As the US Unmasks, the Pressure Is on for Vaccine Passports

A year ago, Americans were confronting the unnerving reality that the Covid pandemic wouldn’t be a shared experience: Disruption and risk would unroll differently depending on where they lived and how their local politicians responded. Nationwide, deaths had just crossed 100,000. Washington, DC, remained under a stay-at-home order. In New York state, Governor Andrew Cuomo was about to declare that masks would be mandatory inside businesses. But in Texas, Governor Greg Abbott reopened professional sports, and in Georgia, Governor Brian Kemp did the same with bars and nightclubs.

If you thought 2021 would be different: Sorry.

sanitation workers cleaning stairs

Consider the Centers for Disease Control and Prevention’s recent decision to lift mask mandates for vaccinated people—widely interpreted, if not originally intended, as permission for any adult to go maskless, vaccinated or not. Next, add in the Biden’s administration’s decision to remove the federal government from any significant role in certifying immune status. Realize that leaves us reliant on some proof of vaccination to know who is safe to be around. And then note that, while some state governments are creating verification apps that let people gather safely, others are refusing to allow so-called vaccine passports in their states, and some governors are threatening to bar businesses from using them.

The chaos looks a lot like where we were a year ago. Federal health authorities refused to create national mandates for using protective tools: masks then, immunity certifications now. That required people to make their own calculations of possible exposure and forced them into running greater or lesser risks depending on where they happen to live.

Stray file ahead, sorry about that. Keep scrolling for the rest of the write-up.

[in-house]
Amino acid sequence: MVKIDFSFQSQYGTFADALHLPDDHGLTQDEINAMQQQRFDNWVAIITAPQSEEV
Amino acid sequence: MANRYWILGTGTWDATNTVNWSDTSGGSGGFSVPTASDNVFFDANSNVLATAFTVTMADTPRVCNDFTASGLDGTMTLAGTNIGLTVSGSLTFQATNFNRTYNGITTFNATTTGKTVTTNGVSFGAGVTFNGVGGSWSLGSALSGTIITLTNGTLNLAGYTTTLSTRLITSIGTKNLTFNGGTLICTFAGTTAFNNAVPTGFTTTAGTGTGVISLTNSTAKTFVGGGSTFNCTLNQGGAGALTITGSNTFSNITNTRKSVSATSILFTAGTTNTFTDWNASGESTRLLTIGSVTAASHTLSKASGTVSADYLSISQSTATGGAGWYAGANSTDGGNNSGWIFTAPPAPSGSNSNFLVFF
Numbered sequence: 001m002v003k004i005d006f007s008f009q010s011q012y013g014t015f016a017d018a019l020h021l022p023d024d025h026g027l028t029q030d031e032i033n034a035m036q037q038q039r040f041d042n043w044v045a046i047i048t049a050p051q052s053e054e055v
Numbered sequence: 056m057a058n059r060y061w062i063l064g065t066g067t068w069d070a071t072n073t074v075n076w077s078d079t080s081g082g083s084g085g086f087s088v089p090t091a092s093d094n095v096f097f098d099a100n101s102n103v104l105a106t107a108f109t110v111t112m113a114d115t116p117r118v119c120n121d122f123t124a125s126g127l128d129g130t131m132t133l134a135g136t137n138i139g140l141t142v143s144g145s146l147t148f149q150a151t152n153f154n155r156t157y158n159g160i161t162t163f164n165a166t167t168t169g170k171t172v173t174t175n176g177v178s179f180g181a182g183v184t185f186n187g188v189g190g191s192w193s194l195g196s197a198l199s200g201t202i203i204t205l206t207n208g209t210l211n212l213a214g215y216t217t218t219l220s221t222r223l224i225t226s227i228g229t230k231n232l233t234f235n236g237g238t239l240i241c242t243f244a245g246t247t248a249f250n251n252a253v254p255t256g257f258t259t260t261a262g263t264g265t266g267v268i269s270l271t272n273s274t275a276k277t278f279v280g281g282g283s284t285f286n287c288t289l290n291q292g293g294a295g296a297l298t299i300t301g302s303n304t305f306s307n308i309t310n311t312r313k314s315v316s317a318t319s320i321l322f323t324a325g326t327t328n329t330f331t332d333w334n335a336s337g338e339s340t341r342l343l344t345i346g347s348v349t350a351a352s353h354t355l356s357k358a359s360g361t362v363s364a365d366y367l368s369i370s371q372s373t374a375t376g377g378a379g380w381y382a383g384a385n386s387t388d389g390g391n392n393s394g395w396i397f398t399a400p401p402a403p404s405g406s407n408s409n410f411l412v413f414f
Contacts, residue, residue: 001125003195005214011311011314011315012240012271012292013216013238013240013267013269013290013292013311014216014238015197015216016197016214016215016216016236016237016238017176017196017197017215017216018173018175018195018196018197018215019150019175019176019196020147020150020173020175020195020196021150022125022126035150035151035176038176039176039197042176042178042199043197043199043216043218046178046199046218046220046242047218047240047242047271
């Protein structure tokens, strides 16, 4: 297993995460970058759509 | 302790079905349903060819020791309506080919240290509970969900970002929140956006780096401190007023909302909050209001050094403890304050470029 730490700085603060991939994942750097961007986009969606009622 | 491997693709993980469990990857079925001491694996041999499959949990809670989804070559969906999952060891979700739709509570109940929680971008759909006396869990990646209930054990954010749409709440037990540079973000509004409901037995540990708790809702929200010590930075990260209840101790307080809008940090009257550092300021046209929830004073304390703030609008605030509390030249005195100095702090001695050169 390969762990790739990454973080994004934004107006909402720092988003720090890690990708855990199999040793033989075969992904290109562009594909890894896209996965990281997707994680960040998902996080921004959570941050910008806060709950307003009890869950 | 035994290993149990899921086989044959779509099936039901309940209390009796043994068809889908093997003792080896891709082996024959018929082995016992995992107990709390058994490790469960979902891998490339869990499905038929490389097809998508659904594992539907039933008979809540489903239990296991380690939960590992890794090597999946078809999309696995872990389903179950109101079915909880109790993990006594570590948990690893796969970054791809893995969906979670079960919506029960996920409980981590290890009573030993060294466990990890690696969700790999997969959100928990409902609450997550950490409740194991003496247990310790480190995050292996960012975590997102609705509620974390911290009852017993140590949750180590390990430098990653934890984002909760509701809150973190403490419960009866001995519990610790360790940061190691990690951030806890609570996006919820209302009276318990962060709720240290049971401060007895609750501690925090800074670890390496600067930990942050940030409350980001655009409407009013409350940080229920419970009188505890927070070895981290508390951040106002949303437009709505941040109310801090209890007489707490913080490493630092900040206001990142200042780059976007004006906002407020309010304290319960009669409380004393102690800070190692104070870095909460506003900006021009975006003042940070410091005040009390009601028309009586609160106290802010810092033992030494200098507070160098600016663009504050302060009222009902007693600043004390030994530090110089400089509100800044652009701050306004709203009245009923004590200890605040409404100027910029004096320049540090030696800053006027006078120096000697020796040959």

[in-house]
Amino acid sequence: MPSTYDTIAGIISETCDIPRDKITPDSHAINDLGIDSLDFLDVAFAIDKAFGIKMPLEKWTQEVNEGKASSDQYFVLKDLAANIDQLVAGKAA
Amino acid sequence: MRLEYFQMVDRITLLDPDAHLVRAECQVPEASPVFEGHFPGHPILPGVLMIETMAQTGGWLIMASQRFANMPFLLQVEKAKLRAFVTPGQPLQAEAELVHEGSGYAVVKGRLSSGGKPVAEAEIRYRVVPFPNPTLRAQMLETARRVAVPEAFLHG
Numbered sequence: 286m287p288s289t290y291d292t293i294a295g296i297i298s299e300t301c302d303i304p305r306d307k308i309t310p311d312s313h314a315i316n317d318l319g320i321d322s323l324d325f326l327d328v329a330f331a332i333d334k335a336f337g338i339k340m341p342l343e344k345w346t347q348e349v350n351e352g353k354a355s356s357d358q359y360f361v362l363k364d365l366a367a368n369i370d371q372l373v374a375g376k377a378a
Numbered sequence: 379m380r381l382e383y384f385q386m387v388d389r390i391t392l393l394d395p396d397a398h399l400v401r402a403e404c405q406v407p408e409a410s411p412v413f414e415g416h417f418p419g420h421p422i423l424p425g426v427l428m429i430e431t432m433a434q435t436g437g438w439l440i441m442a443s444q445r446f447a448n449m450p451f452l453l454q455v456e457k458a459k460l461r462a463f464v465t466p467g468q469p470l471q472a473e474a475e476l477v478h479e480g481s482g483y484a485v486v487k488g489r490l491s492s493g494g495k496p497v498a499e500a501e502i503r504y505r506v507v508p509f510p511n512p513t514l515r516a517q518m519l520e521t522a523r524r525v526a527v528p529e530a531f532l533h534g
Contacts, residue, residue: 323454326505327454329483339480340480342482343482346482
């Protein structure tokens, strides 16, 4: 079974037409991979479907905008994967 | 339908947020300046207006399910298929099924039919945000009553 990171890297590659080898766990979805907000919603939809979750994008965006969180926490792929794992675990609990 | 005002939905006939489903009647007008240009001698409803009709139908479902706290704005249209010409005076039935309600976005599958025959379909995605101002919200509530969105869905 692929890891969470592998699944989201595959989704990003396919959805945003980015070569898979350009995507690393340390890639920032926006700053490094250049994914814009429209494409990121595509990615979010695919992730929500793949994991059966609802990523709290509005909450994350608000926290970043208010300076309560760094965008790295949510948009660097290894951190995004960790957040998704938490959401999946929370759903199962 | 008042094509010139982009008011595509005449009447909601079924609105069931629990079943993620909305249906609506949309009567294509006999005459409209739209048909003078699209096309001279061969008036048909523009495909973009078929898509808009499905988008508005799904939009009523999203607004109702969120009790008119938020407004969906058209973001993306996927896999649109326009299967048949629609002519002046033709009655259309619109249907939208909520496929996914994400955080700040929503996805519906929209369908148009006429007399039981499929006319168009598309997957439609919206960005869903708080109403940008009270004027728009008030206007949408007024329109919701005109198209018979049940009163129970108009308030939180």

“This leaves us where we’ve been in so many aspects of the pandemic response: in a complete patchwork of different rules, approaches, and outcomes,” says Josh Michaud, associate director for global health policy at the Henry J. Kaiser Family Foundation, which is studying the passports problem. As soon as the CDC changed its mask guidance, he points out, many states tossed whatever masking rules they had retained. (Within five days of the change, 23 states and Washington, DC, all dropped their rules, according to WebMD.)

“One can understand that there’s a scientific basis for dropping the masking mandate,” Michaud says. “But it does leave institutions—employers, colleges, universities, governments—in a position of trusting people who say that they are vaccinated. Which could lead to conditions where people who aren’t vaccinated yet aren’t following the recommendations and therefore are possibly putting other people at risk.”

Passports were supposed to solve this. (“Passports” is a mostly inaccurate term, since actual passports are created by a sovereign government to vouch for its citizens outside its borders—but it’s catchier than, say, “digital certification of vaccination status.” So we’re stuck with it.) And in some places, they have. Israel created a vaccination “green pass” in February that brought something approaching normal life back to its cities, before the current wave of conflict over Gaza. Meanwhile, the European Union has proposed a “digital green certificate” that will verify vaccinations or negative test results in order to let residents of member nations cross borders.

There’s no such unity in the US. The CDC’s decision to authorize vaccinated adults to take their masks off, even indoors, while expecting unvaccinated adults to keep theirs on, was widely viewed as putting Americans on an honor system. (As the Deseret News of Utah asked: “Are we honorable enough for that?”)

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